Nature of inhabitants Dalits and the working class Some original inhabitants have      been dispossessed The rich and the upper-middle class (and probably upper      castes too)
Ganga’s house Kutcha house with extended open courtyard, well constructed towards the end of the courtyard Pucca house with tiled roof, small courtyard, new well very near to the house Pucca house, almost no courtyard (the front door lies very close to the high compound which has replaced the well)
Surendran’s occupational building Kutcha building Modern office space Luxury apartment (likely with a posh office room) 
Surendran’s business Petty shop along with small scale illegal liquor trading Expands the liquor business into large scale, invests in the real estate sector Real estate business (mostly taken over by the next generation)
Ganga’s job           NA Gangster Gangster
Krishnan’s job           NA Gangster Security personnel 

The film also showcases the use of violence for swift urban expansion. The following conversation between Balan and a young man resisting eviction from his colony shows the tactics of private capital and what dispossession may entail for the people evicted from a place.

Balan: What is this, man…They have offered you a good amount. Then why are you creating problems?
Man: Brother, we work as daily wage labourers in Ernakulam city. If we sell our house [kidappadam] by accepting the amount you give, where else in the city could we find a place to settle down? We will be doomed.
Balan: That is not our concern. We are ready to give you a little more money. Why don’t you convince fellow colony people? If that is not the case, you will see our true colours. Understand?
Man: We won’t go no matter what you do. I don’t have time to waste on you.

In the course of gentrification, the land value in the inner city and its surroundings skyrockets. Some people may find it lucrative to sell their land and buy up another house somewhere where the land value is lower. This may be on the outskirts of the city. In an otherwise stigmatized and peripheral location such as Kammattipadam where Dalits and the working class live, land may be valued at less than the neighbouring ‘prime’ lands.  This could also happen due to the historically low bargaining power of such subaltern groups. All of this would make sure that the value of land in these places won’t rise beyond a point even amidst the real estate boom. These subaltern spaces, therefore, are an easy catch for predatory capital. If the inhabitants don’t voluntarily move out, they would be dispossessed through violence.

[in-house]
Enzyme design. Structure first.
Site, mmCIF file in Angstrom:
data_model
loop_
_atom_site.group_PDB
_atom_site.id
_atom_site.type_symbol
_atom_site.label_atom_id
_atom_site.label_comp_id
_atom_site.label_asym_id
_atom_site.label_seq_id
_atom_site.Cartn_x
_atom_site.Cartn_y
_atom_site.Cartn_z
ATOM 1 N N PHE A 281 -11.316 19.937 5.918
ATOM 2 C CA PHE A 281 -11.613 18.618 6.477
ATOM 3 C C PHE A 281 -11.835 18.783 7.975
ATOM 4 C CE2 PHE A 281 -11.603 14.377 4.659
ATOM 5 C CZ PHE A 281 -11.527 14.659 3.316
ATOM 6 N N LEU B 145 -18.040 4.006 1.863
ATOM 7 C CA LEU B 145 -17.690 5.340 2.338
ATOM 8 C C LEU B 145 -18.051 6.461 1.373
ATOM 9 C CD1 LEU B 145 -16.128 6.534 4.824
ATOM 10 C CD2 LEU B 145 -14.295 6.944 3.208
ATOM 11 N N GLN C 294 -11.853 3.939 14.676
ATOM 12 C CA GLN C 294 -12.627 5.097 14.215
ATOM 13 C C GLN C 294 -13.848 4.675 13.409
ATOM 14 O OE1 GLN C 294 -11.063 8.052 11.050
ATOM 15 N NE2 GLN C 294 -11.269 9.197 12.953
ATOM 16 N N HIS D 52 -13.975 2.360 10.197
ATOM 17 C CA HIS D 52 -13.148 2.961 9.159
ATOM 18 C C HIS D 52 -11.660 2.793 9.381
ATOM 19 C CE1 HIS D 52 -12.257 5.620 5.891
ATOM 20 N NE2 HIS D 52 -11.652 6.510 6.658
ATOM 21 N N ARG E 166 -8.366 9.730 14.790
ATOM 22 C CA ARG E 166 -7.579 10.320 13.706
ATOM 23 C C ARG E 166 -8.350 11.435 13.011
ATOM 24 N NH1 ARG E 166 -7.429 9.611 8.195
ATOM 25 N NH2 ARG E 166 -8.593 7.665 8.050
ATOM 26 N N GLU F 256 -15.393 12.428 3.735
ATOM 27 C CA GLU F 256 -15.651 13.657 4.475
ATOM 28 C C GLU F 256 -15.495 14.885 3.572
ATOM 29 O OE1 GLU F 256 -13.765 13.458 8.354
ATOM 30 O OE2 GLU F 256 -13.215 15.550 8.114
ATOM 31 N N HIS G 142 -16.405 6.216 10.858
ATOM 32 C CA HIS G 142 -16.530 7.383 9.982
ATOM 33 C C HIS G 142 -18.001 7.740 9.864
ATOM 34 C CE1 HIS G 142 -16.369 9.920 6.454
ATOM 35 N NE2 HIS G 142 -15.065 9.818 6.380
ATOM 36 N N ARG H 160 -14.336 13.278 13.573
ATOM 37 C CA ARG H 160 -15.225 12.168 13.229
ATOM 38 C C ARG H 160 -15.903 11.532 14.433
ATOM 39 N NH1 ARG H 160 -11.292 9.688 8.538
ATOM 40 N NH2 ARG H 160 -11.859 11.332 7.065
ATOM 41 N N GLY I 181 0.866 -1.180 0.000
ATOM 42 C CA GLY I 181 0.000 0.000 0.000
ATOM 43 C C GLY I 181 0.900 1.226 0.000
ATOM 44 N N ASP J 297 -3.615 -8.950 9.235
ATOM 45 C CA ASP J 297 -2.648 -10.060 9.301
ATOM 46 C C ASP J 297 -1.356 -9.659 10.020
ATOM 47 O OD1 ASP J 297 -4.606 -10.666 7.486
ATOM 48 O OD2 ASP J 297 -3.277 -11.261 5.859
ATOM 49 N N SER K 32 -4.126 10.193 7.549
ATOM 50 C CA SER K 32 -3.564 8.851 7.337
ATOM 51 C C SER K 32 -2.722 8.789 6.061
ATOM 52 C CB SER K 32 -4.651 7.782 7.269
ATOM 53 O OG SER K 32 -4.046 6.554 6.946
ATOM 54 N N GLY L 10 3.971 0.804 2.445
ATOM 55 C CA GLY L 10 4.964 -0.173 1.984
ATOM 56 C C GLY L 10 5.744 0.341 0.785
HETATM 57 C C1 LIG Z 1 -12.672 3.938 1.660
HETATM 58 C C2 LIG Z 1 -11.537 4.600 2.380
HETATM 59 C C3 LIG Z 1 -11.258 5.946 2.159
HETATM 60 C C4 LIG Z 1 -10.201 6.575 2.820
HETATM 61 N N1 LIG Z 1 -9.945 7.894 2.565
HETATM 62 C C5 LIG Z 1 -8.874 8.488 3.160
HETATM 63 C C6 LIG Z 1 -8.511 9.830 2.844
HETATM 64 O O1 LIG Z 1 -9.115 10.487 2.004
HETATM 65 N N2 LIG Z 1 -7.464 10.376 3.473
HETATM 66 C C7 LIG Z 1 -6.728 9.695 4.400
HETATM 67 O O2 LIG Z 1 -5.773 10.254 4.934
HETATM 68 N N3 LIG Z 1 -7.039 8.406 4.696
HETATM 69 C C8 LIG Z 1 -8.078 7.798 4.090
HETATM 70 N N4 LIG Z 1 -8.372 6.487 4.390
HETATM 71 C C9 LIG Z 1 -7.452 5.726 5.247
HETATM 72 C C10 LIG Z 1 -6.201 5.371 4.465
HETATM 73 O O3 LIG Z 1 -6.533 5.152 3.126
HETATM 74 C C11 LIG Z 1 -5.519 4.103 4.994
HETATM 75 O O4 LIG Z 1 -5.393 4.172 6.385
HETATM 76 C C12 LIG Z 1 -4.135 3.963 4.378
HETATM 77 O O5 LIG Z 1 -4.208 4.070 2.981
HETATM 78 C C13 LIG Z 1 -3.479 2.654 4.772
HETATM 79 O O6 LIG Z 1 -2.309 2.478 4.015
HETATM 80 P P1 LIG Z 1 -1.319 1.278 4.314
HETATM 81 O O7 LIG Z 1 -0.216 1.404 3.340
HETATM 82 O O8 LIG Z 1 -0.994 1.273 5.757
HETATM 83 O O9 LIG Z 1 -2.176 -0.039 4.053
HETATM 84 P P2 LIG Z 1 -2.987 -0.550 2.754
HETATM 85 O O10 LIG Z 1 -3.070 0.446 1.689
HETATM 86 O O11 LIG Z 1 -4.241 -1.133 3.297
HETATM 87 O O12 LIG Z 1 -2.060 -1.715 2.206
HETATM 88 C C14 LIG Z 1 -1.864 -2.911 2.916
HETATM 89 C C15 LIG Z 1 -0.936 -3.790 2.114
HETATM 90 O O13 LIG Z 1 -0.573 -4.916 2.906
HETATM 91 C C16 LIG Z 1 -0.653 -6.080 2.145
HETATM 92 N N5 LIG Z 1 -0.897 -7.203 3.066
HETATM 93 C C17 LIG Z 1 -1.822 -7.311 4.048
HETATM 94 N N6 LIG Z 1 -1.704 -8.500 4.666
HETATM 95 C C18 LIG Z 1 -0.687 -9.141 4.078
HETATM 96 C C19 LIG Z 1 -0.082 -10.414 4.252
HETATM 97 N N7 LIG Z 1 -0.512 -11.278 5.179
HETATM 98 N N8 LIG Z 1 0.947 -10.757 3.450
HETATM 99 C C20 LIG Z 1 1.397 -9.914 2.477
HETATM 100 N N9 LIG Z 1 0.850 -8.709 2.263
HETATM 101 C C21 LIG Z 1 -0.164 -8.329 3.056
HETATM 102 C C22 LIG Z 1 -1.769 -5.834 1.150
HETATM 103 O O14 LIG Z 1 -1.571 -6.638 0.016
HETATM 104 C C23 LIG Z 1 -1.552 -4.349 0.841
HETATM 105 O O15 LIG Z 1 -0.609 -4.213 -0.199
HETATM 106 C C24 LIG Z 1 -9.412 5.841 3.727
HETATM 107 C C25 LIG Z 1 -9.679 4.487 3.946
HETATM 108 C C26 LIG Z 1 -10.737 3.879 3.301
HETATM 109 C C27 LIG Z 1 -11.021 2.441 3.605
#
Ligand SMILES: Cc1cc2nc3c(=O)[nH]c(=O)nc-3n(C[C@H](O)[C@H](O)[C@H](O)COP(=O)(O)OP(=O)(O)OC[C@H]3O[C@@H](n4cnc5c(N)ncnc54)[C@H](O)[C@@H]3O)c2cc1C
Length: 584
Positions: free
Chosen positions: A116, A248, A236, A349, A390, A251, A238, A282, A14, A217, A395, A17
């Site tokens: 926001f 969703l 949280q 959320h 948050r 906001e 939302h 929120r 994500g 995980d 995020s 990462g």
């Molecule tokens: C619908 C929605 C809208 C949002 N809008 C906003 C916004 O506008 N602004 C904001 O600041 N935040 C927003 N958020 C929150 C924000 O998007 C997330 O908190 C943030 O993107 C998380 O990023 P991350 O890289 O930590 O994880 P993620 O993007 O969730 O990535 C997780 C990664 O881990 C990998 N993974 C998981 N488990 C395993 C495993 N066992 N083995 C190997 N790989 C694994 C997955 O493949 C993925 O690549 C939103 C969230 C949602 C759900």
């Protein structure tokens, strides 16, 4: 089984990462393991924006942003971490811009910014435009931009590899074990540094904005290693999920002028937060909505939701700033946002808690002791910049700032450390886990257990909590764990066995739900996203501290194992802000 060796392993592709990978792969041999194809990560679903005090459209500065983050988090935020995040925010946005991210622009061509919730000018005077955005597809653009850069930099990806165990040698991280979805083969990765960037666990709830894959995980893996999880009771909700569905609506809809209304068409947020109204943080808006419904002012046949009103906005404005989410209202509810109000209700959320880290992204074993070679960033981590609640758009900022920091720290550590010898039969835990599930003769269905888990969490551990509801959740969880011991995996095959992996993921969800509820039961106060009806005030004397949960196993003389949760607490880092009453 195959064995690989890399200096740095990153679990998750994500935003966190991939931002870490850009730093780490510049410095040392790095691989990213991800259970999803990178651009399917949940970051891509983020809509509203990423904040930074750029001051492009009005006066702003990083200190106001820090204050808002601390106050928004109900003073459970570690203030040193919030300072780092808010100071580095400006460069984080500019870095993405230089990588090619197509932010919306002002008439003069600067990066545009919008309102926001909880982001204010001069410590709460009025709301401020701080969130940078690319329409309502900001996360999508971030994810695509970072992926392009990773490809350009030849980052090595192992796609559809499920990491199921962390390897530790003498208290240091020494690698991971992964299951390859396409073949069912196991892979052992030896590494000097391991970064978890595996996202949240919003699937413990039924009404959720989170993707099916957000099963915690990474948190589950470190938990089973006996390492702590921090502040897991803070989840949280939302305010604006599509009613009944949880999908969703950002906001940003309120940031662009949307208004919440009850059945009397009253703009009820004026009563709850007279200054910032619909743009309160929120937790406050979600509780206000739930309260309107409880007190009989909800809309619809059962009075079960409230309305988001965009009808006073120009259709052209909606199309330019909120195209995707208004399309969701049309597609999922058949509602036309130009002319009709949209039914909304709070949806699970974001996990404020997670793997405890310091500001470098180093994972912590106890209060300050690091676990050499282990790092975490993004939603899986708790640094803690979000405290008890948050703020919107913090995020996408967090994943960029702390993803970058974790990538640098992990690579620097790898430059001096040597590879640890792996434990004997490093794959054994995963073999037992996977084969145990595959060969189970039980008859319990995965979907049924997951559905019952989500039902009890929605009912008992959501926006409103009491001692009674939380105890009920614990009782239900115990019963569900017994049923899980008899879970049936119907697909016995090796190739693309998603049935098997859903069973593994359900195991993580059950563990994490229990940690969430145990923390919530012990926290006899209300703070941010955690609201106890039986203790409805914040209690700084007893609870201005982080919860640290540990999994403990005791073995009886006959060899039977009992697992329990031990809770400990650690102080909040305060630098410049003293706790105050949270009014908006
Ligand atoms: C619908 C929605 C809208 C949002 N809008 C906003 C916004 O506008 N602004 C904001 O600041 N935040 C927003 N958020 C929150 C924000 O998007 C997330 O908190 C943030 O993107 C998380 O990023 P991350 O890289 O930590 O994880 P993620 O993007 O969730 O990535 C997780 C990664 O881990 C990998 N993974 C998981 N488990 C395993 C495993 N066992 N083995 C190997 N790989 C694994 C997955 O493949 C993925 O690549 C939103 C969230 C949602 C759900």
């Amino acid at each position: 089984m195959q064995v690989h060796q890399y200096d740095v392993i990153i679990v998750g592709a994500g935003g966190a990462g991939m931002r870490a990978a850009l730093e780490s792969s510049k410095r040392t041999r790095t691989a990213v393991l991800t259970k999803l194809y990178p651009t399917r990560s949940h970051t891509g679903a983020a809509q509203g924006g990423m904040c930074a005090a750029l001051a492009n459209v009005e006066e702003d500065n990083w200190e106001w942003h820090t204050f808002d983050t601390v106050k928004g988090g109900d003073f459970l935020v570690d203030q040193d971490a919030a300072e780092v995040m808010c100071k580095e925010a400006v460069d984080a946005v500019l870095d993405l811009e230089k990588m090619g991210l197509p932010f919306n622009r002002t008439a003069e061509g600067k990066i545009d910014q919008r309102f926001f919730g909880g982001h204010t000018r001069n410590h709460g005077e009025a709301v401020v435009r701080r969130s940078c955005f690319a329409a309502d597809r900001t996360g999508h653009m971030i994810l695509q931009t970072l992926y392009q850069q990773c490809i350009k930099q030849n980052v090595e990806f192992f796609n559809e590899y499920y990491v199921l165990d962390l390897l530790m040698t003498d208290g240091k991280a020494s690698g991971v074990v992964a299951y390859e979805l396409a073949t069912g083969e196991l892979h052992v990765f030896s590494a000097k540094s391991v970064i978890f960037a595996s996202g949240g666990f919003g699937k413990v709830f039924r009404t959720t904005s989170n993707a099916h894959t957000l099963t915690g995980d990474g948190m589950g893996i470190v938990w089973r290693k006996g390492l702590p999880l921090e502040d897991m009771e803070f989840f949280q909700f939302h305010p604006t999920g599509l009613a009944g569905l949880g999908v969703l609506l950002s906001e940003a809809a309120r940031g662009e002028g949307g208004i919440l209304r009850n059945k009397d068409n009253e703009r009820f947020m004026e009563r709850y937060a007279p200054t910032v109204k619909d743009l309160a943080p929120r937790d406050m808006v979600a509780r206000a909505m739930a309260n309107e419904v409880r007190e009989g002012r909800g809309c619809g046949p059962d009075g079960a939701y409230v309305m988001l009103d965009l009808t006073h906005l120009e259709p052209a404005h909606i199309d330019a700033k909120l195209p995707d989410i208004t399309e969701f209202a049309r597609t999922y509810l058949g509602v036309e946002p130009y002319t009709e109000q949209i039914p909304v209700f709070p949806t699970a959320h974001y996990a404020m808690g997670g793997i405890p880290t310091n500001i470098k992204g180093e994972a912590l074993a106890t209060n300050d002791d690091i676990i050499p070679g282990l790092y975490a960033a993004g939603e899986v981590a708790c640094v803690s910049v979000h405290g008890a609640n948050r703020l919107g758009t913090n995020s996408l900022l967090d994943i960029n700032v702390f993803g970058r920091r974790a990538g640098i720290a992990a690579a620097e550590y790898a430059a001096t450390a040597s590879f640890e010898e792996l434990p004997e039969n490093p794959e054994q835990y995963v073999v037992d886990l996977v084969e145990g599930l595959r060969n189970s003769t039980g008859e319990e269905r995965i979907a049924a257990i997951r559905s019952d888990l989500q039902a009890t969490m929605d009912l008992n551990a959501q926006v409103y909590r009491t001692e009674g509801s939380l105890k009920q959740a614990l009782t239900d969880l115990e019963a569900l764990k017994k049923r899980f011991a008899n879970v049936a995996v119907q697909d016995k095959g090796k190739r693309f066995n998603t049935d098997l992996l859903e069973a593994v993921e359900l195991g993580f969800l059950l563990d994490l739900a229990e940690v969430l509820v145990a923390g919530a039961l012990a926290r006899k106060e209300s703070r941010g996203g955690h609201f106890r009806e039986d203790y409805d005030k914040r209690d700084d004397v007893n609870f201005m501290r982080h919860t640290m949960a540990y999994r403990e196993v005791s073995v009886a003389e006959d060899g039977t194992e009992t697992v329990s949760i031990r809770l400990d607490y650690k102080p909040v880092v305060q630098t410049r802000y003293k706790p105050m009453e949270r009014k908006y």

Balan (to Surendran): ‘Big buildings have come up in the plots we bought at throwaway prices. But do you know the present condition of the people who were evicted from there? The people who had a roof to sleep in are now living on shop fronts (kadathinna) and in lowly huts (chettakudil) suffering mosquito bites.’ [Image: Global United Media]

Along with the restructuring of the urban space, a redistribution of inhabitants also takes place in Kammattipadam. The (upper-caste) gentry replaces the (Dalit) working class there. The movie also tells the story of compounding inequality in our society. While Surendran and his physical environment witness a substantial change, Ganga’s circumstances and his house remain the same. While Surendran is now a rich businessman who lives in a gated community, Ganga is still the same gangster as he was some 20 years ago. His wife works in a petrol pump. While Surendran witnesses remarkable economic, social, and spatial mobility, the underdogs are dispossessed of their land and driven to casual labour. 

Ganga (to Mathai): ‘See that plot [pointing], that three-cent plot belonged to Raman, [pointing in another direction] these three cents belonged to Unniyettan’s three sons.’ [Image: Global United Media]

The film speaks volumes about the social relations of property and power in Kammattipadam and similar places in the Indian context. The song ‘akkaanum maamalayonnum nammudathallen makane…’ which Ganga sings in the movie broadly means, ‘we polayadis are pariahs who own nothing here, not even our imaginations’. The film poignantly shows who would be the winners and losers when accumulation happens in a social system of graded inequality. The scenes from the movie speak for themselves. Needless to say, Kammattipadam is a commendable political project which skillfully integrates the different layers of gentrification and urban exclusion into the aesthetic framework of cinema without losing originality.


About the Authors: C.R.Yadu (chandran.yadu@gmail.com) and G.Sujeesh (c2k009@gmail.com) are PhD candidates at the Centre for Development Studies (CDS), Trivandrum and Sree Sankaracharya University of Sanskrit, Kalady respectively.

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One comment

  1. Well written. Kammattippadam is woven around socioeconomic changes as capitalist accumulation and expansion occurs in the commercial capital of the state.